Nazanin Zagahri-Ratcliffe, seen in an image released by the Free Nazanin campaign, on furlough release from Evin prison.
Free Nazanin Campaign
Nazanin Zagahri-Ratcliffe, seen in an image released by the Free Nazanin campaign, on furlough release from Evin prison.
(CNN) —  

Nazanin Zaghari-Ratcliffe, the British Iranian mother jailed in Iran three years ago on espionage charges, could be released as part of a prisoner exchange, Iran’s Foreign Minister said Wednesday.

Speaking at an Asia Society event in New York, Mohammad Javad Zarif said he had the authority to initiate a wide-ranging exchange, involving prisoners in Iran and those held by the United States or third countries.

In response to a question from the audience, Iran’s top diplomat contrasted the case of Zaghari-Ratcliffe, a charity worker who was arrested in April 2016, with the case of an Iranian he said was detained in Australia.

A still captured from Iranian state media, which purportedly shows the detention of British-Iranian woman, Nazanin Zaghari-Ratcliffe.
Iran state media
A still captured from Iranian state media, which purportedly shows the detention of British-Iranian woman, Nazanin Zaghari-Ratcliffe.

“We have an Iranian woman in Australia who gave birth to a child in prison… on an extradition request by the United States because she was responsible as a translator in a … purchase operation … of some transmission equipment for Iranian broadcasting company, that’s her charge,” the minister said.

“Now we hear about Nazanin Zaghari and her child, and I feel sorry for them, and I’ve done my best to help, but nobody talks about this lady in Australia,” Zarif said.

CNN has reached out to Australian authorities to confirm both the status of the prisoner and the possibility of such a swap.

04:26 - Source: CNN
Husband: Iran detained wife without charges

The UK’s Foreign Office told British media Wednesday that UK nationals detained overseas were a priority and their plight was raised “at every level and every opportunity.”

Zaghari-Ratcliffe’s husband, Richard Ratcliffe, said he was cautiously optimistic about the offer, but maintained a level of skepticism.

“Normally my sense with Iran is nothing is flippant, and so it will have a meaning, but it might not be the obvious meaning,” he said, according to the BBC.

Wide-ranging offer

Zarif said there were several people detained in the US, or in allied nations, on so-called “phoney” charges. He suggested they be traded for prisoners in Iran whom the US and allies believe are being held on spurious charges.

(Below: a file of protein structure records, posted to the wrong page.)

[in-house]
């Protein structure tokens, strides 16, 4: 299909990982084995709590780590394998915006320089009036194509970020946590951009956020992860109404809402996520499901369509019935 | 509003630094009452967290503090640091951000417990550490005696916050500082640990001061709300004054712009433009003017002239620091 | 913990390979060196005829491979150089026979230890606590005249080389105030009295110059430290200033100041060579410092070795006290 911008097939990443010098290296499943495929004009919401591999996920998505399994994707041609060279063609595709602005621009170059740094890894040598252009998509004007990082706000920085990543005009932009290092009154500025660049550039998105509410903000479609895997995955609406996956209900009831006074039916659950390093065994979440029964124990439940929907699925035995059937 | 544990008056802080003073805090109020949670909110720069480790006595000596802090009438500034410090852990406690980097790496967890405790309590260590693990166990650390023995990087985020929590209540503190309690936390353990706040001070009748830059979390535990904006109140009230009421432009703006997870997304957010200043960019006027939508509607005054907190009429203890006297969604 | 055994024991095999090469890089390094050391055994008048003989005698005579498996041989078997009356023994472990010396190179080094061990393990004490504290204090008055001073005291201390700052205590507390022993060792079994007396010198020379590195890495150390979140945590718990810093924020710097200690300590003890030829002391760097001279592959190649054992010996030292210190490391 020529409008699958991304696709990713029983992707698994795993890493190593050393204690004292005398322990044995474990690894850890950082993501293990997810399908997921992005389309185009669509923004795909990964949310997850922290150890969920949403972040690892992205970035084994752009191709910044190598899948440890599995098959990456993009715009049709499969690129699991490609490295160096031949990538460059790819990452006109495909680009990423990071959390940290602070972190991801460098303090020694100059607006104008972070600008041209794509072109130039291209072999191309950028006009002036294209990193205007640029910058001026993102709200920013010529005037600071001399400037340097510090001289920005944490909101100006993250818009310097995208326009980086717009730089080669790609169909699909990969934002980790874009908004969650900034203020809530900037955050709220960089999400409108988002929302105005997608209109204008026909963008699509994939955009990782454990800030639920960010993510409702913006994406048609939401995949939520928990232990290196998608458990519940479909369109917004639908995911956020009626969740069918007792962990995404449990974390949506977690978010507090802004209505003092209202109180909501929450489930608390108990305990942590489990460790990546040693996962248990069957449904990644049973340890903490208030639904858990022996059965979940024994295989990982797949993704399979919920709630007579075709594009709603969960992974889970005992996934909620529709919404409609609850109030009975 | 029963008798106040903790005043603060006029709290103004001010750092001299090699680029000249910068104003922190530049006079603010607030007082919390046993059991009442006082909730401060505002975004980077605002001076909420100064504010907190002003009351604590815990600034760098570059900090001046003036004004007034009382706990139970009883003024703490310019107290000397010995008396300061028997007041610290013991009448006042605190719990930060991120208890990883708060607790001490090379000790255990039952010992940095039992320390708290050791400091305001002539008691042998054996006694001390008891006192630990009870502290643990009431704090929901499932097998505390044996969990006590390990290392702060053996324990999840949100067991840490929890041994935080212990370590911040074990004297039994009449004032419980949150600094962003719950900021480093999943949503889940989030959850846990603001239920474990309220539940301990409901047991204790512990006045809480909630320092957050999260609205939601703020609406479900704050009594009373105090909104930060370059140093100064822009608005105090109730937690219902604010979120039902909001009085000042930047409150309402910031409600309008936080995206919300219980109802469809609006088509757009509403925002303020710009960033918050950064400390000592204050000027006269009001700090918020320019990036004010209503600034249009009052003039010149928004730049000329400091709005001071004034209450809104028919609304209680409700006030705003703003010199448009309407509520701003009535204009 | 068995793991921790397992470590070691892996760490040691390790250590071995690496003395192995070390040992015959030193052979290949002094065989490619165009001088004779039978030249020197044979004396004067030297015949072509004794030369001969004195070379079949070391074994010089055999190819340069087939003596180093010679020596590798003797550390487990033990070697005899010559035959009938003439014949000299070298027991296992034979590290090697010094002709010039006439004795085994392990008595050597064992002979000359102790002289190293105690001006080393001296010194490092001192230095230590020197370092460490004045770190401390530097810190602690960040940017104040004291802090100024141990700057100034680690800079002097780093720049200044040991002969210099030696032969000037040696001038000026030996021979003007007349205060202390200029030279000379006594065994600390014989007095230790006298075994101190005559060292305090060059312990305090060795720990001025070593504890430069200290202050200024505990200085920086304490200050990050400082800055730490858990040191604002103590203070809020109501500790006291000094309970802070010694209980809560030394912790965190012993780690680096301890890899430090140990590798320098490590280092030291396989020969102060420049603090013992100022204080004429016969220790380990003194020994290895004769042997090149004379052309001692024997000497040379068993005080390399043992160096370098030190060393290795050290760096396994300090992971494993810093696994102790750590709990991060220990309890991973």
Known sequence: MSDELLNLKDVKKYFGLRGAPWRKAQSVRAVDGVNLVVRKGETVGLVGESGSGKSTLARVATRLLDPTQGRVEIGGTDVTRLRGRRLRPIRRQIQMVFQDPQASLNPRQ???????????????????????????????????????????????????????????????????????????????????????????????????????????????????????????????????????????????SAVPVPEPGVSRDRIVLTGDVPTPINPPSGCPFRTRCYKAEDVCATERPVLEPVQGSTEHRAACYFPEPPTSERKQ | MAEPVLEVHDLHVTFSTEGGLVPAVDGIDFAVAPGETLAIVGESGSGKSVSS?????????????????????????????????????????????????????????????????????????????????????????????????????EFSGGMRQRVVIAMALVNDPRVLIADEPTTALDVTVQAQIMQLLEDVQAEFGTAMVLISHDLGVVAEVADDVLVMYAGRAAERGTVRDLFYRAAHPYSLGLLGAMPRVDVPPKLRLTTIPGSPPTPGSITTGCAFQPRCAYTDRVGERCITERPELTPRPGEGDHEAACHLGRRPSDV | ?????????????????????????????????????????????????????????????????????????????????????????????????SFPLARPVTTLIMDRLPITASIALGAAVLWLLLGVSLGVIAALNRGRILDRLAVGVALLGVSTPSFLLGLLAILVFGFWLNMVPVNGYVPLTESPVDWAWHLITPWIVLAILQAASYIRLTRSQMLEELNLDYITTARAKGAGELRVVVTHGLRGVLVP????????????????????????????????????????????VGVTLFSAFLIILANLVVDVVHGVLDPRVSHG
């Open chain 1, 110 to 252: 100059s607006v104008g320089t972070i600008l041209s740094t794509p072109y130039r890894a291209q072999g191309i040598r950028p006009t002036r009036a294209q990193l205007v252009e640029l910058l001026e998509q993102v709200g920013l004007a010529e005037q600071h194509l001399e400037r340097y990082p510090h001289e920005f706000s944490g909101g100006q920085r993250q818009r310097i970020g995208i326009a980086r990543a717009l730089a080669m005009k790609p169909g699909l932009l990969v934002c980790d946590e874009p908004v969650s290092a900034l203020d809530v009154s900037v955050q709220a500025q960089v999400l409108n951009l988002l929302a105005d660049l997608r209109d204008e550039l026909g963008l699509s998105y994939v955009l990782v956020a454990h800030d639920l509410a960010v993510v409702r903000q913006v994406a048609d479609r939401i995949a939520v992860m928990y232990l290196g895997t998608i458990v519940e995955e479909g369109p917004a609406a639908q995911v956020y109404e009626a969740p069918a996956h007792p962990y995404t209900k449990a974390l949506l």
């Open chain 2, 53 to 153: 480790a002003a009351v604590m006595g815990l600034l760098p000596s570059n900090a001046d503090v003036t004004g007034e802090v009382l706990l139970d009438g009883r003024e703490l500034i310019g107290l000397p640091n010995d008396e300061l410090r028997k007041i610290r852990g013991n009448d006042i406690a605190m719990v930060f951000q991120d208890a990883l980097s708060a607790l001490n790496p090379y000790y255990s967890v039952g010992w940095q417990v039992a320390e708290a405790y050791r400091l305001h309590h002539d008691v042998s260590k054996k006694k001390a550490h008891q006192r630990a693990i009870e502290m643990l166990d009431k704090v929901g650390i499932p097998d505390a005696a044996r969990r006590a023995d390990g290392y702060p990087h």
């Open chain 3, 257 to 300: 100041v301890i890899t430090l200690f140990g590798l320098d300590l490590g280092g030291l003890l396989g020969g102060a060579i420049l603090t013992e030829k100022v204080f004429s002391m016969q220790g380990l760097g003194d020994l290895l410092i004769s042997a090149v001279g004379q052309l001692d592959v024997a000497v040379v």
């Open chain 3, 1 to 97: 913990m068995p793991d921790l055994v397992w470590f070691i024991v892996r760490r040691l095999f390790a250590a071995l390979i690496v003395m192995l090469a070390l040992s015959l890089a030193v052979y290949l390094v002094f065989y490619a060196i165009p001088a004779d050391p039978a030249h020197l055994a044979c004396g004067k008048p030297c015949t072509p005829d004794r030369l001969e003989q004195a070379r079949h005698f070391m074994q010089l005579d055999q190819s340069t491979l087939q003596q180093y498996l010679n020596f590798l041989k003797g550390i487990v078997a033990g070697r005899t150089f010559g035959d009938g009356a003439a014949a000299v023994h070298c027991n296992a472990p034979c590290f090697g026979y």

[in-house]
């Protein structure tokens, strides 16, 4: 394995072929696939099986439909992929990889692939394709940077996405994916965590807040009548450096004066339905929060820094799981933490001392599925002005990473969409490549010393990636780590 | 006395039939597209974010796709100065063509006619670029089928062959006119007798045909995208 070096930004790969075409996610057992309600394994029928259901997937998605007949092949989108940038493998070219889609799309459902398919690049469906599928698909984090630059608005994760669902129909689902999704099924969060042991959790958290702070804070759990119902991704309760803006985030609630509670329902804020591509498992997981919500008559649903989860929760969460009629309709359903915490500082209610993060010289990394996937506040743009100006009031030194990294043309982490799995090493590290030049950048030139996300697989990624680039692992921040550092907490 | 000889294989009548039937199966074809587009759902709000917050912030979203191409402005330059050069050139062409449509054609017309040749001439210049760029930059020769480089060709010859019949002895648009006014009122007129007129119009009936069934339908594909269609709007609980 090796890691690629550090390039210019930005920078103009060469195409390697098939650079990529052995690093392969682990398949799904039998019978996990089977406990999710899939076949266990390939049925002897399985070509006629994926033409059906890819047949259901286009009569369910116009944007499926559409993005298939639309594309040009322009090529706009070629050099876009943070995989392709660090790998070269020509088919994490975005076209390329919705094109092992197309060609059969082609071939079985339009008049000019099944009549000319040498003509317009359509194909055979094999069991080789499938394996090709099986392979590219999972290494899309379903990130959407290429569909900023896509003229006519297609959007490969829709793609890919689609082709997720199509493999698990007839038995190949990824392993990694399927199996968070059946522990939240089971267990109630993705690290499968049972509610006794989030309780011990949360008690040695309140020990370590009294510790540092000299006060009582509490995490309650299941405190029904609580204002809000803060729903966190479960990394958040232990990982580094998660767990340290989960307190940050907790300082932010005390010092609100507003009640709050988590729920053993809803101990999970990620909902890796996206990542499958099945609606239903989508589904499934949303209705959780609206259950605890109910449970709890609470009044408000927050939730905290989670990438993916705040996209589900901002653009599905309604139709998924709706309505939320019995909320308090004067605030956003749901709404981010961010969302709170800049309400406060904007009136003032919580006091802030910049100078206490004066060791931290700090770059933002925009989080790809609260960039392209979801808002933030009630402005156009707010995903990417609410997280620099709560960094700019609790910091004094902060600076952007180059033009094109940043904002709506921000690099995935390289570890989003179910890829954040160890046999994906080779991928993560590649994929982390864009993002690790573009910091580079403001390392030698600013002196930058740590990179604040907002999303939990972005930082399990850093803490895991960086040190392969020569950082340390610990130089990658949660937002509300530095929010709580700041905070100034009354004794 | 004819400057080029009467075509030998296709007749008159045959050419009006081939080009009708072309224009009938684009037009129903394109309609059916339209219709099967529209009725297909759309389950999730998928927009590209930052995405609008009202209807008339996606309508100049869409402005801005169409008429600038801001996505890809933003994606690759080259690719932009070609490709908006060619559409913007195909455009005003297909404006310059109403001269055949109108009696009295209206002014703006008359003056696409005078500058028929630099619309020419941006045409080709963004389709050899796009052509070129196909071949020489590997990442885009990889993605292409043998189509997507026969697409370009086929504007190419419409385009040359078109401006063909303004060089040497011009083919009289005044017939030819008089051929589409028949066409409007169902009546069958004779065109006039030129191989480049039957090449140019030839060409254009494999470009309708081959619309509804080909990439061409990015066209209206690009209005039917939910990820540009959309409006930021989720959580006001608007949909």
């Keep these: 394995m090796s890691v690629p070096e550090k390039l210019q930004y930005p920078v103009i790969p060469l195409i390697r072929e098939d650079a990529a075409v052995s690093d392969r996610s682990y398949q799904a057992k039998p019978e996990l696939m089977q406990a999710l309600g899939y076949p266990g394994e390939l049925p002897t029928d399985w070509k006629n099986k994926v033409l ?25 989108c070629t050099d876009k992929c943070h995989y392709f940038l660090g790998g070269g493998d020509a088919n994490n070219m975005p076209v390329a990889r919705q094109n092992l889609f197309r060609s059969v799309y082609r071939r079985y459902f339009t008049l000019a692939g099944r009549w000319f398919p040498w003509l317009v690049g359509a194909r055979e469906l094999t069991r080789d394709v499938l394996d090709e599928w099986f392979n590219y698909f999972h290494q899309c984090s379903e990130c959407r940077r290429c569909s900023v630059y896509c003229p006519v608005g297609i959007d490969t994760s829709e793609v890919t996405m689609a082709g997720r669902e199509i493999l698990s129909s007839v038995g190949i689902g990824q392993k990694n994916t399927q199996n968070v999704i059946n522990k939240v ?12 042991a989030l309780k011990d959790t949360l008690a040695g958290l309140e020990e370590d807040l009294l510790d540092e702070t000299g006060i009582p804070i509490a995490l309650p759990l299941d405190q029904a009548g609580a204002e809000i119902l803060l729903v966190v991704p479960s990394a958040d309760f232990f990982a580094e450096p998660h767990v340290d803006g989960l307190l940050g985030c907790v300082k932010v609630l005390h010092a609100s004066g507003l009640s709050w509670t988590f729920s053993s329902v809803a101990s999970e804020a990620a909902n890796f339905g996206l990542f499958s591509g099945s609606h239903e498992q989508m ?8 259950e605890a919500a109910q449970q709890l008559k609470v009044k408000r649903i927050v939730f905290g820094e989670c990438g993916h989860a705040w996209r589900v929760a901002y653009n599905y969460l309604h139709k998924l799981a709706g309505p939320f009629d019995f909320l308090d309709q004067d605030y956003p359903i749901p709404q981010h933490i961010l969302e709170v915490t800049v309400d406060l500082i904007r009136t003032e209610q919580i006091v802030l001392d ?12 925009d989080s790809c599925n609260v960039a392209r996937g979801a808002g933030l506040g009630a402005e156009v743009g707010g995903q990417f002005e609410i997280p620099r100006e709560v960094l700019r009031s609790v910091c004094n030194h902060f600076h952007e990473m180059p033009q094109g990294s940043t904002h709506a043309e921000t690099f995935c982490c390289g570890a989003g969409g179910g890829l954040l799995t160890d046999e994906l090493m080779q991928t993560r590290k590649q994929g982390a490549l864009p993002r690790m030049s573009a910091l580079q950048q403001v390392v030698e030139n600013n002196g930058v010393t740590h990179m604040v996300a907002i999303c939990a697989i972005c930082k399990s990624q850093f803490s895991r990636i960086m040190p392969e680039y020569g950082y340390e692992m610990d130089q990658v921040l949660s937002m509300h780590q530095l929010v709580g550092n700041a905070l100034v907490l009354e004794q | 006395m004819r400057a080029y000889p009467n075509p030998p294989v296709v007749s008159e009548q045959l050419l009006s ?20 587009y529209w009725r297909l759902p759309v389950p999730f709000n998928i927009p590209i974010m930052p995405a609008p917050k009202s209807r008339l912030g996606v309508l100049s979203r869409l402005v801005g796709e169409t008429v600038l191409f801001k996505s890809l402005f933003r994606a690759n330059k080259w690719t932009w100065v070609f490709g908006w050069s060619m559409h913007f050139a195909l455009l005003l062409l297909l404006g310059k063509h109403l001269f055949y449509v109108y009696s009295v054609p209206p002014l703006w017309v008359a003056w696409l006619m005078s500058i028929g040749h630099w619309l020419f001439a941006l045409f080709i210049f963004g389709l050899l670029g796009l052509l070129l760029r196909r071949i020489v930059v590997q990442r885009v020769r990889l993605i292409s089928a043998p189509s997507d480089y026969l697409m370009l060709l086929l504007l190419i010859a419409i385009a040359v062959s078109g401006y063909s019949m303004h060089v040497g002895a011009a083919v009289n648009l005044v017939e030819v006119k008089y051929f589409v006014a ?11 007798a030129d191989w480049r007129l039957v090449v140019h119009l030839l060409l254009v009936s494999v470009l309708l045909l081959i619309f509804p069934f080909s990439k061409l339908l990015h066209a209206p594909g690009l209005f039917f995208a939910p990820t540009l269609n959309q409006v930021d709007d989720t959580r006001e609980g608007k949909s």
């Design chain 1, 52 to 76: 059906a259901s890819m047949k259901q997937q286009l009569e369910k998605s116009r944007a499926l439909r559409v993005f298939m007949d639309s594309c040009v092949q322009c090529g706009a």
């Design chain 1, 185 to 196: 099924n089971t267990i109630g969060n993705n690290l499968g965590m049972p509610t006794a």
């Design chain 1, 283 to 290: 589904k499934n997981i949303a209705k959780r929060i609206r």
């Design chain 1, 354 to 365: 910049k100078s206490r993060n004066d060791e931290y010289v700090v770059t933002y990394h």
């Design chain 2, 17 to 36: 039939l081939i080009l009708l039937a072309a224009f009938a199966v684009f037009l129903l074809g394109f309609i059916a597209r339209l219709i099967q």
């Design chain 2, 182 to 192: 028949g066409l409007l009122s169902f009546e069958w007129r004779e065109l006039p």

“So what can I do as a foreign minister? I put this offer on the table, publicly, now. Exchange them. All these people that are in prison – inside the United States, on extradition request from the United States.

“Let’s have an exchange. I”m ready to do it, and I have authority to do it. We’ve informed the government of the United States six months ago that we are ready. Not a response yet. If they tell you something else, they’re lying.”

Supporters hold a photo of Nazanin Zaghari-Ratcliffe during a vigil for the British-Iranian mother in January 2017.
Chris J Ratcliffe/Getty Images Europe/Getty Images
Supporters hold a photo of Nazanin Zaghari-Ratcliffe during a vigil for the British-Iranian mother in January 2017.

A US State Department official said Wednesday, “the Iranian regime can demonstrate its seriousness regarding consular issues, including Iranians who have been indicted or convicted of criminal violations of US sanctions laws, by releasing innocent US persons immediately.”

“We call on Iran to free all unjustly detained and missing US persons, including Xiyue Wang, Robert Levinson, Siamak Namazi, and Nizar Zakka, among others,” the official said in a statement.

The official did not address Zarif’s claims that he had approached the US about an exchange but had received no response.

Lengthy sentence

Zaghari-Ratcliffe was arrested at Tehran airport three years ago while about to return home to London after visiting family with her daughter Gabriella, who was then 22 months old.

The Iranian government accused her of working with organizations trying to overthrow the regime. She was sentenced to five years in jail and her child was placed in the care of her Iranian parents.

Her employer, the Thomson Reuters Foundation, rejects the allegations. In May last year, Iranian media reported that she was due to face a new trial on “security-related” charges.

Zaghari-Ratcliffe has staged a hunger strike in an attempt to receive medical treatment, and her husband has said that prison guards had asked her to spy on the UK in return for her freedom.

Last month the British government gave her diplomatic protection, meaning it has recognized that her treatment “fails to meet Iran’s obligations under international law and elevates it to a formal state to state issue.”

Affording diplomatic protection is rare but allows a state to seek protection on behalf of one of its nationals, if it believes it has been wronged by another state.

The Iranian ambassador to the UK tweeted that the move “contravened international law,” and insisted that Zaghari-Ratcliffe’s Iranian citizenship meant Britain could not give her diplomatic protection.